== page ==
Mr Grayling said: “We all accept that if someone comes here from another country, works and pays tax and National Insurance and loses their job, it is reasonable we should support them. We shouldn’t be in a position where we have to pay benefits to people who come to the UK who have never worked here.”

Recently the German and Dutch governments lost the argument over foreigners keeping benefit payments after retiring to their own countries.

The Department for Work and Pensions confirmed it has received a letter from the EU Commission over foreign nationals’ access to means-tested benefits in other countries.

Mrs Main said she feared Britain’s over-stretched pension resources could come under pressure after the court case of 72-year-old Galina Patmalniece, who came to Britain in 2000 after working for 40 years in Latvia. Her claim for asylum in the UK on the grounds she faced persecution at home as an ethnic Russian was refused but no effort was made to deport her and she reportedly even acquired a council flat.

In what Mrs Main branded a “staggering case of opportunistic lifestyle enhancement”, Ms Patmalniece then sought, after Latvia joined the EU in 2004, to boost her £50-a-month state pension by applying for Britain’s means-tested state pension credit, to top it up to around £130 a week. When this was refused, she took the Government to court, claiming it had breached EU law by discriminating against her on grounds of nationality.

In March Britain’s Supreme Court upheld the Government’s decision to withhold the benefit on the grounds she did not have the right to be here.

But Mrs Main told MPs: “The European Commission may decide that it wishes to challenge this and bring an infringement action against Britain in the European Court of Justice. The Commission has already written to our Government expressing unhappiness over our approach as well as over other restrictions in the access of EU nationals to benefits and I believe the letter was described as being of quite a threatening nature.”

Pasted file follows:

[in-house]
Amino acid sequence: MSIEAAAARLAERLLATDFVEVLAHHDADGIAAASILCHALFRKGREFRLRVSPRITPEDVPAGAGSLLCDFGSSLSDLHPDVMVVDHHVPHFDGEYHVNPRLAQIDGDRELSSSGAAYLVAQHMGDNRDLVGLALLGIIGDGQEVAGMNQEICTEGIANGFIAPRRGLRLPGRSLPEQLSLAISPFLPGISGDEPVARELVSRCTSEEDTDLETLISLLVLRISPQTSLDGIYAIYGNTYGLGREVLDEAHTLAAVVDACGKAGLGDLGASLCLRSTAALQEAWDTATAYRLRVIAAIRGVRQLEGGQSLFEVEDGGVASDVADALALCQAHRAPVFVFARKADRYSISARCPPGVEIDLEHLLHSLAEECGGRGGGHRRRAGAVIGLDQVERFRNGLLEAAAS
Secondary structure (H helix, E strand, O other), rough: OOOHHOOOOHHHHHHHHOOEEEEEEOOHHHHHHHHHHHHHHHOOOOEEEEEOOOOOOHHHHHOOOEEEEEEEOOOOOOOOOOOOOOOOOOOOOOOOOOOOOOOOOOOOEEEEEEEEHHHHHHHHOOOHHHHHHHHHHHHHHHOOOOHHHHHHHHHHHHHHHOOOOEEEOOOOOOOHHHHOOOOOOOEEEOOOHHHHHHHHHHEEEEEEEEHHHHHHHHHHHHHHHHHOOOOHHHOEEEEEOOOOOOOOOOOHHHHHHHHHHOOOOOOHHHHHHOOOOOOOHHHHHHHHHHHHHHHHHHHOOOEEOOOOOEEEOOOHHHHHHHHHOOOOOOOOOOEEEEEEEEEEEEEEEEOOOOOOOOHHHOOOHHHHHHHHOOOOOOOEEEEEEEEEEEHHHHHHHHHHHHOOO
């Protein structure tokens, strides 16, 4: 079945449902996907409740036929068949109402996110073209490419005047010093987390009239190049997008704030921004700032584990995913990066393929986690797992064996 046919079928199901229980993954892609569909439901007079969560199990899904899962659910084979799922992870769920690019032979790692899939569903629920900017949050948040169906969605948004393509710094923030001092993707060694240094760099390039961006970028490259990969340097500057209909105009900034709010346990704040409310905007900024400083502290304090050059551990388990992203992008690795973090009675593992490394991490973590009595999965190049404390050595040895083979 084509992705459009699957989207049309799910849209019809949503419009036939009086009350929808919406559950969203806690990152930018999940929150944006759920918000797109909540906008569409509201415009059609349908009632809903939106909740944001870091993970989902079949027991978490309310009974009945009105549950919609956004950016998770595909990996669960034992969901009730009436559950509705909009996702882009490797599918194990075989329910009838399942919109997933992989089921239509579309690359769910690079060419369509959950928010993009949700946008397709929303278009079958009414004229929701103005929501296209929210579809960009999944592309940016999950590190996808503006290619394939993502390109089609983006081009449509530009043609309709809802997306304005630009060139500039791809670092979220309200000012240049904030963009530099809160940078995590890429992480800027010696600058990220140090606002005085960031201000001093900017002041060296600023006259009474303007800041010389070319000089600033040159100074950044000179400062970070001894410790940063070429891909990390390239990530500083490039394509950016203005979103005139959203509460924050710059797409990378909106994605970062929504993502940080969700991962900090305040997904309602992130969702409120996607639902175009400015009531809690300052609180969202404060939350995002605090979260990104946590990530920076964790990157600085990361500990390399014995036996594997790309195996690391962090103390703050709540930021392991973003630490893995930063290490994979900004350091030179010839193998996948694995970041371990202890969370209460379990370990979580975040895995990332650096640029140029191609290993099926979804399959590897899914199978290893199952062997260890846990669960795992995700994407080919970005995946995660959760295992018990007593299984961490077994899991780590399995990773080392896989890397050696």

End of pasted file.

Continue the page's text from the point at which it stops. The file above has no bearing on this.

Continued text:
She praised the Daily Express for raising concerns over issues such as paying British child benefit to foreign children who have never lived here if a parent is working in the UK.

She said Britain was seen as “a soft touch” in Europe for the way other EU citizens could get access to our generous benefits. “Can the British taxpayer with a massive budget deficit afford to be so generous with its benefit payments system for everyone who tries to claim it? Are we the benefit pot for the EU or for the UK, and do we through our lax approach encourage benefit tourism?” she said


Says it all really, your a second class citizen in your own country, throw them all out now and while we are on get out of the EU,
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2Anne



Joined: 04 May 2008
Posts: 383
Location: Norfolk

PostPosted: Tue Aug 02, 2011 12:21 pm    Post subject: Latvian womam trying to cheat UK pension scheme. Reply with quote

As far as I understand the UK pension scheme is contributary. There are millions of women in the UK who do not get a pension in their own right as they paid the 'married womans stamp' and did not contribute. How this scrounging Latvian can claim a pension when she put nothing in the pot is beyond my understanding. £130 pw is a lot more than I get and I paid a full stamp all my life. What the hell is going on??
Is there a special pension rate paid to foreigners. It would not surprise me with our stupid,destructive welfare system. The latter is ruining this country and is a magnet to every sciving low life on the planet.